Nearly 40 UCLA students from across the continent of Africa gathered in Rieber Hall last week to promote unity between African student groups on campus.
The UCLA East African Student Association and Nigerian Student Association at UCLA held their first annual East Meets West Week from Tuesday to Friday. The four-day event aimed to unite students from the eastern and western coasts of Africa. Activities included a discussion of the divisions between the two coasts, a karaoke night and an African dance workshop where dance coordinators from both groups taught people traditional dances from different African nations.
Faith Bosede, president of NSA and a third-year physiological science student, said the two groups organized the event because they wanted to foster interactions between members of their organizations.
“We wanted to see African unity at UCLA,” Bosede said. “This type of event hasn’t happened between these two organizations, so we thought it would be an awesome idea.”
Temesgen Gebreyesus, the social chair of EASA and a fourth-year political science student, said the eastern and western coasts of Africa have traditionally experienced a cultural division that dates back to the colonial era, during which physical and cultural separations between African nations became more solidified.
“As far as the division between West and East Africa, until we unlearn what we have always learned, we embody it,” Gebreyesus said. “We bring over those colonial beliefs, especially colonial standards of beauty.”
The groups discussed how differences in skin tones, hair textures and body types have often been a source of division due to various stereotypical beauty standards in Africa.
Yabeth Haile, vice-president of EASA and a second-year microbiology, immunology and molecular genetics student, said he thinks it is important to understand the diversity of Africa.
“Africa is seen as a monolith. People don’t understand the diversity within it,” Haile said. “Africa is such a large continent, and the diversity that renders between the countries is so vast that there is no archetype.”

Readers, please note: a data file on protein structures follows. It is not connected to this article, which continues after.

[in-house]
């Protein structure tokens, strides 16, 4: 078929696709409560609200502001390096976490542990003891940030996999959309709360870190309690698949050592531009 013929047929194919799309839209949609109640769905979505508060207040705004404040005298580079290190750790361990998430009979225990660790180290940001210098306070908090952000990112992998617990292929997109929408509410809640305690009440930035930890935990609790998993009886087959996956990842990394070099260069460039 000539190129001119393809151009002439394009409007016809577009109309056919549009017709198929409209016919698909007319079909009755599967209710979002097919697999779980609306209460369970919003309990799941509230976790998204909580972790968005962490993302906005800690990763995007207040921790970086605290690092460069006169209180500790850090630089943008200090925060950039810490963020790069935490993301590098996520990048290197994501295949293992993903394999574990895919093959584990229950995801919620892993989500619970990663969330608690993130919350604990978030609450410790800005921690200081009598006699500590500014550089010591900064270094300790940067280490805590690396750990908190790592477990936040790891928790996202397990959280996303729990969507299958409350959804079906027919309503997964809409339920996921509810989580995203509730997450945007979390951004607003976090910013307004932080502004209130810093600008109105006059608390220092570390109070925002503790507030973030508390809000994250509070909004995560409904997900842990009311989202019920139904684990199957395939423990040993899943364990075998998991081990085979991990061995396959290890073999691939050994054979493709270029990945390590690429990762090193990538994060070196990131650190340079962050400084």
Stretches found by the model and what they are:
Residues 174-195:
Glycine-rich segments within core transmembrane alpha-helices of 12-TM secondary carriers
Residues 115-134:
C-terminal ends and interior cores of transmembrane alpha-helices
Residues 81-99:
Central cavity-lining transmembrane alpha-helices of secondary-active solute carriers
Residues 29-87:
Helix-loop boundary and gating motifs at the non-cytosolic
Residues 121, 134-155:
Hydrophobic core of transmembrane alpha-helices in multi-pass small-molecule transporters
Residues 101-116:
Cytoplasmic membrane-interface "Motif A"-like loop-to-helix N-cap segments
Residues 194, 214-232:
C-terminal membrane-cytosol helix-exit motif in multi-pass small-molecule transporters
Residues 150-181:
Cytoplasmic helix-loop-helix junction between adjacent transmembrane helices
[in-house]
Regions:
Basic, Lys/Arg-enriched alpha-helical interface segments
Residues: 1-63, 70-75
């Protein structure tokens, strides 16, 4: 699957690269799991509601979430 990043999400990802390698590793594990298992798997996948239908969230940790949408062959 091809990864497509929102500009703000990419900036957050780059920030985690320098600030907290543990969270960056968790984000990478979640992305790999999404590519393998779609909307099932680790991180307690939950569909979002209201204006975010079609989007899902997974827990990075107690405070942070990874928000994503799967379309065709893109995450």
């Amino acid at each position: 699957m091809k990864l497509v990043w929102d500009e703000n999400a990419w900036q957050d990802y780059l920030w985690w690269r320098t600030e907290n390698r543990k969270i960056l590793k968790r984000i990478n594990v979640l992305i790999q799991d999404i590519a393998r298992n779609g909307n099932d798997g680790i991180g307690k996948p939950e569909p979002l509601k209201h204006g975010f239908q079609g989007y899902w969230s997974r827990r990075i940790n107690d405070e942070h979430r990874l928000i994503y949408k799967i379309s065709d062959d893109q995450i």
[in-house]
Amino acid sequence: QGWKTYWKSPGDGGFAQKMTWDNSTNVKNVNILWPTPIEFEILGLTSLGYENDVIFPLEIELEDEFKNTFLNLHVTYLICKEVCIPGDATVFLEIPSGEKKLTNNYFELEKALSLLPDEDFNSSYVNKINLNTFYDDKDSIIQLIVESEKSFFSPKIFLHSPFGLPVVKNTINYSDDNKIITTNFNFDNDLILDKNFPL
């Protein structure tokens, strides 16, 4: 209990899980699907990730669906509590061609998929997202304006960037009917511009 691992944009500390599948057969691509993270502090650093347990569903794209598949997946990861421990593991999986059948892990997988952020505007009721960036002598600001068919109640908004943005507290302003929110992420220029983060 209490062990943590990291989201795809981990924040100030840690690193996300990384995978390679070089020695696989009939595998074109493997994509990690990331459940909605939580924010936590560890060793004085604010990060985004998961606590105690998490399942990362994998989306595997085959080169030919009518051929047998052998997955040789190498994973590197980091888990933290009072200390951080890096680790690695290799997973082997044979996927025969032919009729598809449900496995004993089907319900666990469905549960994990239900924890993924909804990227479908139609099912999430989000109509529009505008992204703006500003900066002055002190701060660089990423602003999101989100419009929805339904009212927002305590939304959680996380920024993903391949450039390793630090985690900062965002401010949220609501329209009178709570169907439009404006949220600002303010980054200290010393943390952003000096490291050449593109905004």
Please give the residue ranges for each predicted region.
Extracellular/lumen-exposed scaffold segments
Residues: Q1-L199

During the event, students discussed differences and similarities in the marriage traditions of both cultures, such as traditional garb worn at weddings, types of food and dance styles. Despite differences between East and West Africans, Haile said he was surprised at how alike their two cultures are.
“After the event, whatever perceived differences we had turned out to be much smaller than our similarities,” Haile said. “I found that we actually shared more than I expected.”
Hermona Okbu, president of EASA and a fourth-year human biology and society student, said that while colonialism may have caused the separation between the two coasts, the two groups can still appreciate each other’s differences.
“I believe there is a beauty as well to the divisions, as seen through different cultural values, traditions and practices,” Okbu said. “It is all so beautiful.”
Moving forward, the groups plan to take part in more events together and become more involved in each other’s annual cultural shows. Okbu said being able to bring these two organizations together has been special to these two communities and a step forward in uniting the African community on campus.
“We are able to bridge the gap between the two groups,” Okbu said. “We strengthen each other through newfound support systems and connections.”
Bosede said, for her, East Meets West Week was more than just a week of fun events but rather a personal mission to break any barriers that separated the two groups.
“The whole reason I decided to run for president of the Nigerian Student Association was because I wanted to empower and unite my community,” Bosede said. “I see the East Africans as my community.”